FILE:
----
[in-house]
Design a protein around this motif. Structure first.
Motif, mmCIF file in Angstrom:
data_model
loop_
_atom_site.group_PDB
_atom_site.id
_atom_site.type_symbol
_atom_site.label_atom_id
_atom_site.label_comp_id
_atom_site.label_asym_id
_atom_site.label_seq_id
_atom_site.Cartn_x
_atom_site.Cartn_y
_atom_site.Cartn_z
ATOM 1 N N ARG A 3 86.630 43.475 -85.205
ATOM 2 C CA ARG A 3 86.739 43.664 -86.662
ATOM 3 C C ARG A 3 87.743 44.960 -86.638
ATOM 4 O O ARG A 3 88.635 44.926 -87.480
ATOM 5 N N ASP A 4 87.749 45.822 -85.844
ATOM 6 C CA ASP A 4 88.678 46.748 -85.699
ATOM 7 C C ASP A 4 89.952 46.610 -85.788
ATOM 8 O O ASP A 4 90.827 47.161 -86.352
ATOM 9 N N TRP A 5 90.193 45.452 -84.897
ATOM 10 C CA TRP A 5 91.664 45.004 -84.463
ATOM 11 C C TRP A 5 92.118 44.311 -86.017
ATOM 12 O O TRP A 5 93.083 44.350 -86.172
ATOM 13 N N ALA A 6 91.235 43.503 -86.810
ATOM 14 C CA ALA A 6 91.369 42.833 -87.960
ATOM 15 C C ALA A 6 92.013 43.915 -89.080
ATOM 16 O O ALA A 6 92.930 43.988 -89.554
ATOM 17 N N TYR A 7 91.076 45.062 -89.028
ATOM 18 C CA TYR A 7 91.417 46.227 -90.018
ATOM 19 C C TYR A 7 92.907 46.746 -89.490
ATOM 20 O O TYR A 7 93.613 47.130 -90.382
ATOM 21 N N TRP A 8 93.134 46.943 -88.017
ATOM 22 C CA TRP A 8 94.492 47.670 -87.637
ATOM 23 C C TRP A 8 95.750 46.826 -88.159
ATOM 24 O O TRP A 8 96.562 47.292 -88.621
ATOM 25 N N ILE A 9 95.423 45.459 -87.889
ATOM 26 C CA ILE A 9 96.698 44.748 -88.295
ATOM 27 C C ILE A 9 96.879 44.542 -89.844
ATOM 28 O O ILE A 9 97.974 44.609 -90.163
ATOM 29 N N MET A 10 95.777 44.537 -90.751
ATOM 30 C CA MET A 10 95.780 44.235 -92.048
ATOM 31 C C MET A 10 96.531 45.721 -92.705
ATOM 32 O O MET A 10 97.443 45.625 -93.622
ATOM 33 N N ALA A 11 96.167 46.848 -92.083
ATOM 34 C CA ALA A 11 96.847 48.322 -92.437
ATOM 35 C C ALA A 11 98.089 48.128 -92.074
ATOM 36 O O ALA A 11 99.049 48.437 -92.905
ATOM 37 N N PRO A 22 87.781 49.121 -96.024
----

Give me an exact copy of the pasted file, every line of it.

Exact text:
[in-house]
Design a protein around this motif. Structure first.
Motif, mmCIF file in Angstrom:
data_model
loop_
_atom_site.group_PDB
_atom_site.id
_atom_site.type_symbol
_atom_site.label_atom_id
_atom_site.label_comp_id
_atom_site.label_asym_id
_atom_site.label_seq_id
_atom_site.Cartn_x
_atom_site.Cartn_y
_atom_site.Cartn_z
ATOM 1 N N ARG A 3 86.630 43.475 -85.205
ATOM 2 C CA ARG A 3 86.739 43.664 -86.662
ATOM 3 C C ARG A 3 87.743 44.960 -86.638
ATOM 4 O O ARG A 3 88.635 44.926 -87.480
ATOM 5 N N ASP A 4 87.749 45.822 -85.844
ATOM 6 C CA ASP A 4 88.678 46.748 -85.699
ATOM 7 C C ASP A 4 89.952 46.610 -85.788
ATOM 8 O O ASP A 4 90.827 47.161 -86.352
ATOM 9 N N TRP A 5 90.193 45.452 -84.897
ATOM 10 C CA TRP A 5 91.664 45.004 -84.463
ATOM 11 C C TRP A 5 92.118 44.311 -86.017
ATOM 12 O O TRP A 5 93.083 44.350 -86.172
ATOM 13 N N ALA A 6 91.235 43.503 -86.810
ATOM 14 C CA ALA A 6 91.369 42.833 -87.960
ATOM 15 C C ALA A 6 92.013 43.915 -89.080
ATOM 16 O O ALA A 6 92.930 43.988 -89.554
ATOM 17 N N TYR A 7 91.076 45.062 -89.028
ATOM 18 C CA TYR A 7 91.417 46.227 -90.018
ATOM 19 C C TYR A 7 92.907 46.746 -89.490
ATOM 20 O O TYR A 7 93.613 47.130 -90.382
ATOM 21 N N TRP A 8 93.134 46.943 -88.017
ATOM 22 C CA TRP A 8 94.492 47.670 -87.637
ATOM 23 C C TRP A 8 95.750 46.826 -88.159
ATOM 24 O O TRP A 8 96.562 47.292 -88.621
ATOM 25 N N ILE A 9 95.423 45.459 -87.889
ATOM 26 C CA ILE A 9 96.698 44.748 -88.295
ATOM 27 C C ILE A 9 96.879 44.542 -89.844
ATOM 28 O O ILE A 9 97.974 44.609 -90.163
ATOM 29 N N MET A 10 95.777 44.537 -90.751
ATOM 30 C CA MET A 10 95.780 44.235 -92.048
ATOM 31 C C MET A 10 96.531 45.721 -92.705
ATOM 32 O O MET A 10 97.443 45.625 -93.622
ATOM 33 N N ALA A 11 96.167 46.848 -92.083
ATOM 34 C CA ALA A 11 96.847 48.322 -92.437
ATOM 35 C C ALA A 11 98.089 48.128 -92.074
ATOM 36 O O ALA A 11 99.049 48.437 -92.905
ATOM 37 N N PRO A 22 87.781 49.121 -96.024